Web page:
Please see Part I of this article for information on collecting insects for pet birds.
Today we’ll discuss breeding invertebrates at home, and take a look at some useful insect products. Please see the articles referenced below for further details on each of these topics.
In addition to being an interesting endeavor, established colonies of invertebrates will provide you with a year-round supply of (largely free) live food. Also, you will have access to individual insects of varied sizes, an important consideration to those with mixed collections or nesting birds.
Home-raised insects can be “nutrient loaded” (please see below) so as increase their value as a food item, and can be selected when they are at the most nutritious stage of their life cycle (i.e. newly molted and pupating mealworms). The plumage of birds fed upon live insects often takes on a brilliance not seen in their “less fortunate” cousins (please see photo of Strawberry Finch).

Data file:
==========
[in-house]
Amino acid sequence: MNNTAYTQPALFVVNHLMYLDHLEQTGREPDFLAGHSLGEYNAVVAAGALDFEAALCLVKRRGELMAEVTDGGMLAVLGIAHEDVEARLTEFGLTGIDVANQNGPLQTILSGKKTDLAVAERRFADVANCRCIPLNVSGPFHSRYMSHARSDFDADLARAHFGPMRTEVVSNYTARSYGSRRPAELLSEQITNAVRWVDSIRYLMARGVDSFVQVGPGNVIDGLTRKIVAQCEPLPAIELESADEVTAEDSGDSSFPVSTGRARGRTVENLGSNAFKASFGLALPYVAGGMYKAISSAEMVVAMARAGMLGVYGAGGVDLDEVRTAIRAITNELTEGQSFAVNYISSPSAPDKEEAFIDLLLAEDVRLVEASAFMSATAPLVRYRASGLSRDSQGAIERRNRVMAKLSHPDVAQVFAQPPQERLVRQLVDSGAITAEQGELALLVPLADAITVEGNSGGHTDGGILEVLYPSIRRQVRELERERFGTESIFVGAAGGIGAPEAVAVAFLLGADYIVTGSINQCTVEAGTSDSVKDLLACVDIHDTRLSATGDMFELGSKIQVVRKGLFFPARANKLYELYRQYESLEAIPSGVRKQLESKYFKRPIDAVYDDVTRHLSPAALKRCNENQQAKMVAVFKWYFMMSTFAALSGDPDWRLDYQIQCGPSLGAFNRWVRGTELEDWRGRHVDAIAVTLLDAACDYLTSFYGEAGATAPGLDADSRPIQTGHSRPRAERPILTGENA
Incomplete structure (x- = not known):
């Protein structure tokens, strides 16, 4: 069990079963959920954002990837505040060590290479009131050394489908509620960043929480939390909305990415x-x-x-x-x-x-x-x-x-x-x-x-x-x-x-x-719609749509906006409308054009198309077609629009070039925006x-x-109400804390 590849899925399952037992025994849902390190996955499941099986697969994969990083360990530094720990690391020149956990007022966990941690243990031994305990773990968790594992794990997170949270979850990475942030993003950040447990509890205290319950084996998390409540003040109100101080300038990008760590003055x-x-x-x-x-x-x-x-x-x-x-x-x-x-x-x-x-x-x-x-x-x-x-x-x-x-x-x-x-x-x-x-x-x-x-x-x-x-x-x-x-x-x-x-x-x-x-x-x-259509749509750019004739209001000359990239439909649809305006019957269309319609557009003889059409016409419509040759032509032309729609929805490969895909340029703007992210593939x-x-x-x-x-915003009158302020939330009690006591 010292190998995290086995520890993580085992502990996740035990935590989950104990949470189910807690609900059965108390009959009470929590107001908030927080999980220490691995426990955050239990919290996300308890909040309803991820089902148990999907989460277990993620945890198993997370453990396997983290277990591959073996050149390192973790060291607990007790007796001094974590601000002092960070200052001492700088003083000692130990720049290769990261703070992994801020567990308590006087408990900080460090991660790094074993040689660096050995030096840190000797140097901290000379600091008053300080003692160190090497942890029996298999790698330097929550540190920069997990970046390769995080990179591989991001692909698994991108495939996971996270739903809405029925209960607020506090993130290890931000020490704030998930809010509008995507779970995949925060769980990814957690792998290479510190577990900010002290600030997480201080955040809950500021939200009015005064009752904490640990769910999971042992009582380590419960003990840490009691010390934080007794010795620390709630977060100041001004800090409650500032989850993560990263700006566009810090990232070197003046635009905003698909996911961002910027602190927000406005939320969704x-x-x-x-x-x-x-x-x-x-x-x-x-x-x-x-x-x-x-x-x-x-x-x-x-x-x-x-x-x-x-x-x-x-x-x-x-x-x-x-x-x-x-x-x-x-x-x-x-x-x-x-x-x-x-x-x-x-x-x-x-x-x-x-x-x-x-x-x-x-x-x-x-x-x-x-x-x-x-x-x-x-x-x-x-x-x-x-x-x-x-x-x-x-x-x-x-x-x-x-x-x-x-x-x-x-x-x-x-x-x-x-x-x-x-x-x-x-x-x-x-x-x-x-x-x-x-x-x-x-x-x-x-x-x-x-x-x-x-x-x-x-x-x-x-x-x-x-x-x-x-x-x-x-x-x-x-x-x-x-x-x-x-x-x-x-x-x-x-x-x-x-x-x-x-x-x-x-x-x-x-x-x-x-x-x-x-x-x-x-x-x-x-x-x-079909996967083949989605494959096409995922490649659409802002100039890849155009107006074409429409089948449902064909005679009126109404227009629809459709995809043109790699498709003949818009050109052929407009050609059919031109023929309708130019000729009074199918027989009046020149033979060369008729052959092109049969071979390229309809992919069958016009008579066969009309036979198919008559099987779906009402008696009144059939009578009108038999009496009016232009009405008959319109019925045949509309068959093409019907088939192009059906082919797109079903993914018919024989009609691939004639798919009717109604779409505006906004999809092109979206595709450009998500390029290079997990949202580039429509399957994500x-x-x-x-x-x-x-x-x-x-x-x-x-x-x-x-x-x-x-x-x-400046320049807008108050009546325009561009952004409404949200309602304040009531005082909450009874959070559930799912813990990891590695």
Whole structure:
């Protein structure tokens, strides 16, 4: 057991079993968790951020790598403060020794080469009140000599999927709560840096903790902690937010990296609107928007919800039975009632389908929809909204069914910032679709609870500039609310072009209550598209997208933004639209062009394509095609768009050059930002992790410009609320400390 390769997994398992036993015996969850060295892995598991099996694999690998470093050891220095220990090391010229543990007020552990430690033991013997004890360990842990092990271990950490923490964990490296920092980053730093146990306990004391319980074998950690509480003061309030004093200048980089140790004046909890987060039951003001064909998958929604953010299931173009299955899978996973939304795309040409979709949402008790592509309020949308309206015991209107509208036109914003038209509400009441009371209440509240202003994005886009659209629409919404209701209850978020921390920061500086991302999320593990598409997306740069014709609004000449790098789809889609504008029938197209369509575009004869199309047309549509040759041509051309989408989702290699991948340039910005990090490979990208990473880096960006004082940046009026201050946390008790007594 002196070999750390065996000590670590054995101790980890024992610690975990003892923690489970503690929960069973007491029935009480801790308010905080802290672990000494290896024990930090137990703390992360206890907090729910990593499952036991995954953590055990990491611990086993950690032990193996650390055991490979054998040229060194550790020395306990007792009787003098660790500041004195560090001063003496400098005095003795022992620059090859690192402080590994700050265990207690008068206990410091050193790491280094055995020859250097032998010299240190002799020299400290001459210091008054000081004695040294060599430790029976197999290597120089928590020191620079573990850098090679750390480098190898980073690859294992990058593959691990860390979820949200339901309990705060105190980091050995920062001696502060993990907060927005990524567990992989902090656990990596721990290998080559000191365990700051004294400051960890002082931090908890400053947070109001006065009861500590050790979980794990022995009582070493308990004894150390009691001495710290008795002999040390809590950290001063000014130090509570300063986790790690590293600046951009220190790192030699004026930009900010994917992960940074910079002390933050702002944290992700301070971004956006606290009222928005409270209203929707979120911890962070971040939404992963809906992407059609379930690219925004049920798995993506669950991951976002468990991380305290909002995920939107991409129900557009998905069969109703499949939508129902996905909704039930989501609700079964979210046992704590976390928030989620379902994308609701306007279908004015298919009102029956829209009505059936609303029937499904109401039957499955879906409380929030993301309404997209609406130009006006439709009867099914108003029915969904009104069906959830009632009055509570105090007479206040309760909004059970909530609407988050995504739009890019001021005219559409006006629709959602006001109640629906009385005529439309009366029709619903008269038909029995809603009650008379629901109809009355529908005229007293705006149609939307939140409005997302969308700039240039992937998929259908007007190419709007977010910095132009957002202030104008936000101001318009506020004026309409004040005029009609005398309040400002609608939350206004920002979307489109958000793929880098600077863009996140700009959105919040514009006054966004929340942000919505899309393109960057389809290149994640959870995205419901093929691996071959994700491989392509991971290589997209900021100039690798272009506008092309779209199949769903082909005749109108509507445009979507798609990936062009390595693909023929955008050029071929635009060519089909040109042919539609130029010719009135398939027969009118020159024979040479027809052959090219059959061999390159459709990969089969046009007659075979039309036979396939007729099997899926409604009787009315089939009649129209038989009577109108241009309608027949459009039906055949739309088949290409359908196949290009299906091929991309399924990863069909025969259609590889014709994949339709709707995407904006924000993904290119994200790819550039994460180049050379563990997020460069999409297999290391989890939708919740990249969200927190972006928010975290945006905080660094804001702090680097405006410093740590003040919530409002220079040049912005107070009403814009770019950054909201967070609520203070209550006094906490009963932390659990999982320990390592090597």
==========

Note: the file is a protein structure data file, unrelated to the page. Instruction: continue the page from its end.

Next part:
Crickets, mealworms, wax worms and fruit flies are the most commonly reared insects, but there are numerous other species to consider. Roaches, despite their bad reputations, should not be ignored (only .3% of the world’s 4,500 species are household pests). The soft-bodied orange spotted roaches are slow moving and, unable to climb glass, rarely escape their enclosures (please see below).
Sowbugs and earthworms are among the most useful and readily accepted of all invertebrates. Widely kept by zoos and European and Asian aviculturists, they are, for some reason, largely overlooked in private collections in the USA. Both are very easy to rear and breed; starter cultures are available commercially or may be collected.
Canned and Freeze-Dried Invertebrates
Canned grasshoppers, caterpillars and other invertebrates and freeze dried flies and Daphnia, marketed for pet reptiles and fishes, offer very useful options to enterprising bird keepers. I cannot understand why they are not more widely used (I keep hammering away at the point in my articles!), but hope they will come into their own soon.
Please see the following articles for further details on prepared insect products and invertebrate breeding:
Images referenced from Wikipedia and originally posted by Shyamal and Rasbak